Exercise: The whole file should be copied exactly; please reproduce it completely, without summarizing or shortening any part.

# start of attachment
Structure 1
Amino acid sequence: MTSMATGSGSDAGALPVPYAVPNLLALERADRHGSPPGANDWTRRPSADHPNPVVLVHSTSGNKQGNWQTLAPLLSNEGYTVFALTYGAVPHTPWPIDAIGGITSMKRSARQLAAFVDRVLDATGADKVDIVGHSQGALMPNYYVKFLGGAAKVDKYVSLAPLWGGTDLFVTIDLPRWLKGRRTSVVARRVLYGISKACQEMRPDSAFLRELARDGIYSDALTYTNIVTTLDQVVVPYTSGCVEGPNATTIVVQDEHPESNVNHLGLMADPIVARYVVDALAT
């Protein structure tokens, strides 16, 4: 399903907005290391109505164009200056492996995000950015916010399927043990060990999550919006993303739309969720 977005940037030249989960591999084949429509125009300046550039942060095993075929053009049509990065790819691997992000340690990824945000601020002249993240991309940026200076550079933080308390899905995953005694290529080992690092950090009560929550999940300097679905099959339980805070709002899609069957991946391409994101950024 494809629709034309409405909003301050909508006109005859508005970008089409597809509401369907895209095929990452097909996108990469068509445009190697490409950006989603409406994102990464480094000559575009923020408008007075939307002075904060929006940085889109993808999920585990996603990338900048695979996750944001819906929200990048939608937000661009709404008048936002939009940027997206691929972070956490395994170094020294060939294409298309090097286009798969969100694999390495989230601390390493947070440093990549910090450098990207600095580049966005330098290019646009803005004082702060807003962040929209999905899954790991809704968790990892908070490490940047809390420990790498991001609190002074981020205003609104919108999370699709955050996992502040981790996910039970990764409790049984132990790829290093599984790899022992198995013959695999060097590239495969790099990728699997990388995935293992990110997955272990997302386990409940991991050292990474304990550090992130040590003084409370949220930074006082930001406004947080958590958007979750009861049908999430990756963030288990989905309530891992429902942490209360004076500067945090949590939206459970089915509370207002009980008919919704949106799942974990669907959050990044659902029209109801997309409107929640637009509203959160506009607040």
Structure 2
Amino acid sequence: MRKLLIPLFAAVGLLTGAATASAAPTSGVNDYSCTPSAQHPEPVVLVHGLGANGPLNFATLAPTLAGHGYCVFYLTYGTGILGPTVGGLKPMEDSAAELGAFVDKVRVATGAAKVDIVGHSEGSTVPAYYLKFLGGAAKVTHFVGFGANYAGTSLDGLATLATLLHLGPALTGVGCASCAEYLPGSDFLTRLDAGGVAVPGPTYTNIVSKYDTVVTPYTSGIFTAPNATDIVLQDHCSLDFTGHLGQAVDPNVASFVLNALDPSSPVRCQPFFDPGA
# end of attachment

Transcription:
Structure 1
Amino acid sequence: MTSMATGSGSDAGALPVPYAVPNLLALERADRHGSPPGANDWTRRPSADHPNPVVLVHSTSGNKQGNWQTLAPLLSNEGYTVFALTYGAVPHTPWPIDAIGGITSMKRSARQLAAFVDRVLDATGADKVDIVGHSQGALMPNYYVKFLGGAAKVDKYVSLAPLWGGTDLFVTIDLPRWLKGRRTSVVARRVLYGISKACQEMRPDSAFLRELARDGIYSDALTYTNIVTTLDQVVVPYTSGCVEGPNATTIVVQDEHPESNVNHLGLMADPIVARYVVDALAT
């Protein structure tokens, strides 16, 4: 399903907005290391109505164009200056492996995000950015916010399927043990060990999550919006993303739309969720 977005940037030249989960591999084949429509125009300046550039942060095993075929053009049509990065790819691997992000340690990824945000601020002249993240991309940026200076550079933080308390899905995953005694290529080992690092950090009560929550999940300097679905099959339980805070709002899609069957991946391409994101950024 494809629709034309409405909003301050909508006109005859508005970008089409597809509401369907895209095929990452097909996108990469068509445009190697490409950006989603409406994102990464480094000559575009923020408008007075939307002075904060929006940085889109993808999920585990996603990338900048695979996750944001819906929200990048939608937000661009709404008048936002939009940027997206691929972070956490395994170094020294060939294409298309090097286009798969969100694999390495989230601390390493947070440093990549910090450098990207600095580049966005330098290019646009803005004082702060807003962040929209999905899954790991809704968790990892908070490490940047809390420990790498991001609190002074981020205003609104919108999370699709955050996992502040981790996910039970990764409790049984132990790829290093599984790899022992198995013959695999060097590239495969790099990728699997990388995935293992990110997955272990997302386990409940991991050292990474304990550090992130040590003084409370949220930074006082930001406004947080958590958007979750009861049908999430990756963030288990989905309530891992429902942490209360004076500067945090949590939206459970089915509370207002009980008919919704949106799942974990669907959050990044659902029209109801997309409107929640637009509203959160506009607040």
Structure 2
Amino acid sequence: MRKLLIPLFAAVGLLTGAATASAAPTSGVNDYSCTPSAQHPEPVVLVHGLGANGPLNFATLAPTLAGHGYCVFYLTYGTGILGPTVGGLKPMEDSAAELGAFVDKVRVATGAAKVDIVGHSEGSTVPAYYLKFLGGAAKVTHFVGFGANYAGTSLDGLATLATLLHLGPALTGVGCASCAEYLPGSDFLTRLDAGGVAVPGPTYTNIVSKYDTVVTPYTSGIFTAPNATDIVLQDHCSLDFTGHLGQAVDPNVASFVLNALDPSSPVRCQPFFDPGA